All notices required to be given in regard to the probate estate were given and notice of probate was filed and published in the local newspaper. Because they were not beneficiaries under the will, appellants were entitled only to notice by publication. 1 Section 733.212, Fla.Stat. Appellant Hansel Cavanaugh admitted that he saw the notice several times but never inquired concerning it. Gene Cavanaugh signed an affidavit regarding property given to him by his father within three years preceding his father’s death to the effect that the property had not been given in contemplation of death. That affidavit acknowledged that appellee was the beneficiary of “an interest in the farmland” under his father’s will. Notwithstanding, appellants consistently testified that although on several occasions during the probate of their father’s estate they had made inquiry of appellee as to the status of the probate proceedings, appellee repeatedly assured them that all was in order and that their mother received everything.

Based on the foregoing, in its order presently under review, the trial court found that … at the time of his death, John J. Cavanaugh was 95 years of age and for a substantial time before his death was not physically able, and did not carry out the responsibilities normally associated with the head of a family. John J. Cavanaugh’s age and physical incapacity required that duties and responsibilities normally performed by and associated with the head of a family be turned over to, and actually performed by, his son, John R. Cavanaugh…. If the issue before the Court was whether John J. Cavanaugh was the head of a family at the time that he executed his Will some twenty-three years before his death, there would be no doubt that he was. However, the Court is obligated to consider the facts and circumstances as they existed at the time the decedent died, and it is clear that at that time John J. Cavanaugh was not head of a family, and therefore, real property owned by him, and on which he lived, was not homestead.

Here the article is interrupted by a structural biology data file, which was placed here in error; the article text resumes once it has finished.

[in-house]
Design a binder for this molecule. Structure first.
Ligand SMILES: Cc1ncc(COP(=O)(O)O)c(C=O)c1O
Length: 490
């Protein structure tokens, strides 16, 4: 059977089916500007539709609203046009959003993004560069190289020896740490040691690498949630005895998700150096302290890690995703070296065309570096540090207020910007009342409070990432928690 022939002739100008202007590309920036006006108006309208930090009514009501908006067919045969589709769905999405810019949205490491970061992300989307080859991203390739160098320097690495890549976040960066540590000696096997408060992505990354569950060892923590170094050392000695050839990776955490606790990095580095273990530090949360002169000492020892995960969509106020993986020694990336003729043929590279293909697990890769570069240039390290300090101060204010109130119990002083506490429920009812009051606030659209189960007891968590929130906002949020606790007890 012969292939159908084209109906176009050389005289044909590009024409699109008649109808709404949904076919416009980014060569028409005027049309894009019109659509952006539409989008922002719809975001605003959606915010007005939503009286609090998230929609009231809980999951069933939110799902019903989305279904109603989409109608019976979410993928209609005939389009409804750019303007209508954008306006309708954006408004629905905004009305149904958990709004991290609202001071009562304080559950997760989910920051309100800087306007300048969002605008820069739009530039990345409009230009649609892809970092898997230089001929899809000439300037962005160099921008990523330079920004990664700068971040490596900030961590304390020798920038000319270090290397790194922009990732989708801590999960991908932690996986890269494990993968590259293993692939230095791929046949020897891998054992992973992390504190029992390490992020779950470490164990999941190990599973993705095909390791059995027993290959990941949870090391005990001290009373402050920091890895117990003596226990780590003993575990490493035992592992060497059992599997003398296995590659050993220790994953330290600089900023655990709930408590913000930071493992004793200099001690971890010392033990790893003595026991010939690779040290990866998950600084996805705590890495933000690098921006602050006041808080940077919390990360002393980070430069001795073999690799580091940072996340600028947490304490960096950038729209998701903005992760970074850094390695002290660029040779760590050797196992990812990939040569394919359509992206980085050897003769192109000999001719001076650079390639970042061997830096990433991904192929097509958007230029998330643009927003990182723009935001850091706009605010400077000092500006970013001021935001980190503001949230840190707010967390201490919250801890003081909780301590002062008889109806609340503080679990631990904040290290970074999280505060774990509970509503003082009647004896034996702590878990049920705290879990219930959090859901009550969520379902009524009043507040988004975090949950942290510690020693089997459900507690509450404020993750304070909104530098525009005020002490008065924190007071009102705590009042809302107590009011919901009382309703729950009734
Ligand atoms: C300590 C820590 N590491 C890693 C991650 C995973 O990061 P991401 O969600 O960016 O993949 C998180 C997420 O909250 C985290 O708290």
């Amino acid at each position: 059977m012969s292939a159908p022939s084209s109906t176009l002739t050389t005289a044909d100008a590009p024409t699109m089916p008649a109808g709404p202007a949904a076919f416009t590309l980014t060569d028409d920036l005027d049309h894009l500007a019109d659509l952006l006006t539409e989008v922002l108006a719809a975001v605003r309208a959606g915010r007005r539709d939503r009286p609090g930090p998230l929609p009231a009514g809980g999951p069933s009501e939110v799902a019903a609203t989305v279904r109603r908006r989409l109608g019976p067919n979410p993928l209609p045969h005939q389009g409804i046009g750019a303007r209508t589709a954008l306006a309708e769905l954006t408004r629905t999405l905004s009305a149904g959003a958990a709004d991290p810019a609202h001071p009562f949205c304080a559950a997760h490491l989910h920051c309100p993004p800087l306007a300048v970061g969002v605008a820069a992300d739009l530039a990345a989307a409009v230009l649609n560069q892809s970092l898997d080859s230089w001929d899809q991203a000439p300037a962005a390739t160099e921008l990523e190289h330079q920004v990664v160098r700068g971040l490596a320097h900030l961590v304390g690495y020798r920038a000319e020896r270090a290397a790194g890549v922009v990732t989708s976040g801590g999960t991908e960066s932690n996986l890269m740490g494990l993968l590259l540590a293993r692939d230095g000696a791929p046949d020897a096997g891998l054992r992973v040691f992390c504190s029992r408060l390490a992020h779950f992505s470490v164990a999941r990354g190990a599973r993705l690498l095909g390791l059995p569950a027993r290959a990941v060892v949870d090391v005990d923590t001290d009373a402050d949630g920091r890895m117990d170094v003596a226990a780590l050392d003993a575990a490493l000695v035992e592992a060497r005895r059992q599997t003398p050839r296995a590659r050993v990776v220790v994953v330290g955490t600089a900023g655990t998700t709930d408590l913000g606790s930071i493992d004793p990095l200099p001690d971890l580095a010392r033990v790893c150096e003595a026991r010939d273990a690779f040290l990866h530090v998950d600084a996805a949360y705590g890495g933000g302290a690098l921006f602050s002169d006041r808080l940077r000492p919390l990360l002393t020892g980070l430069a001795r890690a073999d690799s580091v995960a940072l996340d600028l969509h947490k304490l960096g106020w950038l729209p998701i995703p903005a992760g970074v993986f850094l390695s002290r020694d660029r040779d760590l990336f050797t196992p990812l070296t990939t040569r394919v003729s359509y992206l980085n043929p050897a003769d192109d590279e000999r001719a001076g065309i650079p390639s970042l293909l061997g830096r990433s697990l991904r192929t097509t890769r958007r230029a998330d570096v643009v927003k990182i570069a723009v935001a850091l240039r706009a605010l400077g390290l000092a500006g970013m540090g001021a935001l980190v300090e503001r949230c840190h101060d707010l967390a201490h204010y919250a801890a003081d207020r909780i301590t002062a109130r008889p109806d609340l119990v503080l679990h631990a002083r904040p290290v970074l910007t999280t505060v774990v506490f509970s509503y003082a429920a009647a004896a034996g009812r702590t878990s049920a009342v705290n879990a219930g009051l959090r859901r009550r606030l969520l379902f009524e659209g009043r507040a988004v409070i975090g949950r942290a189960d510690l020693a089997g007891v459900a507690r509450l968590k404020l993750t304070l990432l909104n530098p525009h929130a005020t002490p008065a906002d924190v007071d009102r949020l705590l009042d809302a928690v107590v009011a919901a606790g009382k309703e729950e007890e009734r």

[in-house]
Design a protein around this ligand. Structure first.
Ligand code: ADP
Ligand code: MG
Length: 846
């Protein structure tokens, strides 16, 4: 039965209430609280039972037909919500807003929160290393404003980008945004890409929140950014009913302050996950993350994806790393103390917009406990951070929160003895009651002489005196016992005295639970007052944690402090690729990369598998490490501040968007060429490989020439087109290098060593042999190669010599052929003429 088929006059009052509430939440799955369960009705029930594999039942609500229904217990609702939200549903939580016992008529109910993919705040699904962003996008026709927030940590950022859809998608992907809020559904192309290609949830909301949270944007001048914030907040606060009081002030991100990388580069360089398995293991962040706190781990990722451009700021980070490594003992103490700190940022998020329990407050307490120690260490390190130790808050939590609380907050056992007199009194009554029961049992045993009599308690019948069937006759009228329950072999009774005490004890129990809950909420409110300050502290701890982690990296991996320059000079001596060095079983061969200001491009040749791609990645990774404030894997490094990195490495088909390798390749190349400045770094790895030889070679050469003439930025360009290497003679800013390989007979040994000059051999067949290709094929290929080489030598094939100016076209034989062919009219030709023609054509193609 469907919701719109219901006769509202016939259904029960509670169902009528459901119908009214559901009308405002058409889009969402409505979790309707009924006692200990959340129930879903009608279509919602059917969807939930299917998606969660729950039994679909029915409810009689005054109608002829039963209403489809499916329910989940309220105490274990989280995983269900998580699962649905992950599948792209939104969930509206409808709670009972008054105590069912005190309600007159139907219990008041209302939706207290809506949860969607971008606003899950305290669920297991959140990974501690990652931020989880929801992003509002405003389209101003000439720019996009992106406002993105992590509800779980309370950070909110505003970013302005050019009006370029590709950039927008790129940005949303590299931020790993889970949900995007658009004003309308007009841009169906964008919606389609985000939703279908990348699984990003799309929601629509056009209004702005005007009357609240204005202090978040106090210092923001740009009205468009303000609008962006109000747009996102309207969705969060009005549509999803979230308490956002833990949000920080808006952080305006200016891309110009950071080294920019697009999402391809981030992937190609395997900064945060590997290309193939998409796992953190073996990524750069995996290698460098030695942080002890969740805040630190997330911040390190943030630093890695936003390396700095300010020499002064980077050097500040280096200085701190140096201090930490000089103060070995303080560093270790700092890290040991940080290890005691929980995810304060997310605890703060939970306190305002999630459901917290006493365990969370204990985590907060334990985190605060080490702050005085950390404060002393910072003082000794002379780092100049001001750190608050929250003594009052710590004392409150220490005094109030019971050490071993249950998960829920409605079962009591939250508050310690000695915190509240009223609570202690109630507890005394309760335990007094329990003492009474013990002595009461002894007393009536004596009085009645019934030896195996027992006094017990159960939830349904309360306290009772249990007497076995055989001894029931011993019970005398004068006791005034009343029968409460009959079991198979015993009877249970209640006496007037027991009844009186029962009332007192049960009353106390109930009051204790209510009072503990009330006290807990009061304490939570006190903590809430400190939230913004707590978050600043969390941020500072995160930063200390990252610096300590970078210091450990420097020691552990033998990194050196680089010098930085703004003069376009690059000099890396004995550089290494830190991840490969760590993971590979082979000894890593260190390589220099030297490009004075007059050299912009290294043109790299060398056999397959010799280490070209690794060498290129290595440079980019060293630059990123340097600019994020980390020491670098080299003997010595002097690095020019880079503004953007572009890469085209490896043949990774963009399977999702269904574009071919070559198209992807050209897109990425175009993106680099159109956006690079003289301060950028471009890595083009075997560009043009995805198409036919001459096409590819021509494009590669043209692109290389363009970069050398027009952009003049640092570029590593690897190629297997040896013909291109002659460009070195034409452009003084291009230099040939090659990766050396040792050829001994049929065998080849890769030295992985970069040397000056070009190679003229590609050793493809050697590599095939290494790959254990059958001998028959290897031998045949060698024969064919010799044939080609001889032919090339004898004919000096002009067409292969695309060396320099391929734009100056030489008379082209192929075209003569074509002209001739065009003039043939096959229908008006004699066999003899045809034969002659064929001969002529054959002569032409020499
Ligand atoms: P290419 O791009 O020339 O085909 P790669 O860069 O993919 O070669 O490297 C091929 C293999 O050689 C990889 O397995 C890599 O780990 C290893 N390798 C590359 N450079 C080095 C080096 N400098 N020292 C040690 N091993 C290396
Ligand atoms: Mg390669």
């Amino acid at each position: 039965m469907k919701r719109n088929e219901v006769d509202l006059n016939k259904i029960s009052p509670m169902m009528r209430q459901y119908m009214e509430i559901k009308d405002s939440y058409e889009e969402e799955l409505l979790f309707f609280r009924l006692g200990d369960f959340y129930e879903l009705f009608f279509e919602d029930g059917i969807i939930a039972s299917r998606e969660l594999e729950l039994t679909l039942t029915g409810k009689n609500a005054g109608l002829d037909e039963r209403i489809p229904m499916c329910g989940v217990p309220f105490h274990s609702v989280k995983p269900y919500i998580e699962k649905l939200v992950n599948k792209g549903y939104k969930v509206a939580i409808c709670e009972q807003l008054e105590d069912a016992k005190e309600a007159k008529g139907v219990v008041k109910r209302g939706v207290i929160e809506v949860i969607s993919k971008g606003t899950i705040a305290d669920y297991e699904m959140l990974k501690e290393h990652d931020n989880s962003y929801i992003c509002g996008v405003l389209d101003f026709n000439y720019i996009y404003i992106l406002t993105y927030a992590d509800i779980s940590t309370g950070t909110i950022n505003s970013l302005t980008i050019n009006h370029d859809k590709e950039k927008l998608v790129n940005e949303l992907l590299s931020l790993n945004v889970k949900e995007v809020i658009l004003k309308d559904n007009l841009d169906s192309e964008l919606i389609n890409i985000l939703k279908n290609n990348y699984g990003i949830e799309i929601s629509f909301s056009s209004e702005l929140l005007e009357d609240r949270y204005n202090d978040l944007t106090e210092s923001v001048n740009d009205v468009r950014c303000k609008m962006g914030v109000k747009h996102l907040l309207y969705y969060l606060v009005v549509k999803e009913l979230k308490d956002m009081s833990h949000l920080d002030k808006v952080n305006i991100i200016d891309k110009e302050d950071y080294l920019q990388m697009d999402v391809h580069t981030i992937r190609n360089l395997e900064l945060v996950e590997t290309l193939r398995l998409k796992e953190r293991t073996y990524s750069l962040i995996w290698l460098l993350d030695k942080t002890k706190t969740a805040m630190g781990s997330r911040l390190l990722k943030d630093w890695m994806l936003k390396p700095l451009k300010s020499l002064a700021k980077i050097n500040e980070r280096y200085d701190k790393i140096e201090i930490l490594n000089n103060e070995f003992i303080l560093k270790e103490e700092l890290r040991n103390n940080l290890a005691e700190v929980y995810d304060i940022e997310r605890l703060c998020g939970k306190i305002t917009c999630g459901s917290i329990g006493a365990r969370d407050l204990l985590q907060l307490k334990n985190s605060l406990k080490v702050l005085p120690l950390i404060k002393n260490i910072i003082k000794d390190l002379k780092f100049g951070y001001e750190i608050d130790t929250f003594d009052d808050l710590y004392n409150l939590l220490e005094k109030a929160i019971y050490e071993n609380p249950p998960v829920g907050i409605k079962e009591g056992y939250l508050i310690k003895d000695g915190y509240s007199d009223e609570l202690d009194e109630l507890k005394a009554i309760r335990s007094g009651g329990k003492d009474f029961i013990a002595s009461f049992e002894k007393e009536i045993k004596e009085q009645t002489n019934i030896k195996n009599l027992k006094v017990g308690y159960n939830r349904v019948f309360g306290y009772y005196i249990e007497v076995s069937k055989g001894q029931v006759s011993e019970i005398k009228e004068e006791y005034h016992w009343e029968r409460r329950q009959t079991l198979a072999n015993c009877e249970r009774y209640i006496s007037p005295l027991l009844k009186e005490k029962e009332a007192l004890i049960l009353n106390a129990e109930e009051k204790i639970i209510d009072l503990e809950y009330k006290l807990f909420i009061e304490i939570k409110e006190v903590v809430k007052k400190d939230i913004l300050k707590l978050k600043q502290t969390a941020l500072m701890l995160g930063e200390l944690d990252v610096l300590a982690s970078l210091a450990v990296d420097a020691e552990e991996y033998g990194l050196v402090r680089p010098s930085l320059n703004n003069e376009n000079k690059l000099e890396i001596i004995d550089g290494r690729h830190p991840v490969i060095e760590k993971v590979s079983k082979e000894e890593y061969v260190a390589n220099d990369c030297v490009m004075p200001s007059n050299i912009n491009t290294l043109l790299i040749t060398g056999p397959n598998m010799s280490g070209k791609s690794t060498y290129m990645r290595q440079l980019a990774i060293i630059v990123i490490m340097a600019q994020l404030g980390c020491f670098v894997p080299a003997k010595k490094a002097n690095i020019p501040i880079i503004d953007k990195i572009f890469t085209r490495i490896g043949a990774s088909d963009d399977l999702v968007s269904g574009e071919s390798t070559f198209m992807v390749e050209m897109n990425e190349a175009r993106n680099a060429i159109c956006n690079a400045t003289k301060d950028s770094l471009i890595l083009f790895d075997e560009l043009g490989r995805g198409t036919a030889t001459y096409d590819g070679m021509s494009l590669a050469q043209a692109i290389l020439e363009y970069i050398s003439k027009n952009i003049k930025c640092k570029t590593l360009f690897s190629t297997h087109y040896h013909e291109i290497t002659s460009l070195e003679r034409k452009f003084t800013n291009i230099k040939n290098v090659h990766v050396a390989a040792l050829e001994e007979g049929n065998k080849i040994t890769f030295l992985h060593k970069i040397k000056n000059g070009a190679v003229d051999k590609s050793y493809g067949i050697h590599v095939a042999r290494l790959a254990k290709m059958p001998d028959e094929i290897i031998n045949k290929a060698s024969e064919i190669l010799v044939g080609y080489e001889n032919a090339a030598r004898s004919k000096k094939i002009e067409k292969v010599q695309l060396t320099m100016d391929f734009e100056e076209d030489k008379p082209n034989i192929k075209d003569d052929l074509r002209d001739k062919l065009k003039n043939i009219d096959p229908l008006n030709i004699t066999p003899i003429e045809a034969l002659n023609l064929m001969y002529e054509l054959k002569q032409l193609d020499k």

The issue raised on appeal, of course, is whether John J. Cavanaugh was head of the household for purposes of determining whether the property on which he resided at death was homestead under the meaning of article X, section 4, Florida Constitution, and section 732.401(1), Florida Statutes. 2

Section 732.401(1) provides:

If not devised as permitted by law and the Florida Constitution, the homestead shall descend in the same manner as other intestate property; but if the decedent is survived by a spouse and lineal descendants, the surviving spouse shall take a life estate in the homestead, with a vested remainder to the lineal descendants in being at the time of the decedent’s death.

Appellants argue that the property in the instant case was homestead improperly devised, and therefore should pass in accordance with section 732.401(1) to them in equal undivided shares. In re Estate of Finch, 401 So.2d 1308 (Fla.1981). Specifically, appellants maintain the trial court improperly emphasized the physical infirmities of John J. Cavanaugh as being determinative of his status as the head of the household. They argue that in the period of time during which Cavanaugh was alleged to have suffered a decline in health, he remained the sole support for his wife and provided the bulk of the support for appellee from either farm income or interest income from the proceeds of the condemnation of the property. 3 In so arguing, appellants emphasize the fact that Cavanaugh was the head of the family in the sense that he had a legal duty to support his wife which arose out of a “family in law” relationship. Holden v. Estate of Gardner, 420 So.2d 1082 (Fla.1982). Thus, they distinguish cases involving “families in fact” relied on by appellee below. For instance, the consideration of who is “in charge” pertains only when one attempts to base a claim of homestead on “family in fact,” and, therefore, the holding in Brady v. Brady, 55 So.2d 907 (Fla.1951), was that the homestead character of the property ceased to exist when the son became the head of his own family with the result that he could not at  the same time continue to be a member of his father’s family. Significantly, in Brady, unlike in the instant case, the father had no spouse who, with the father, could form a family in law.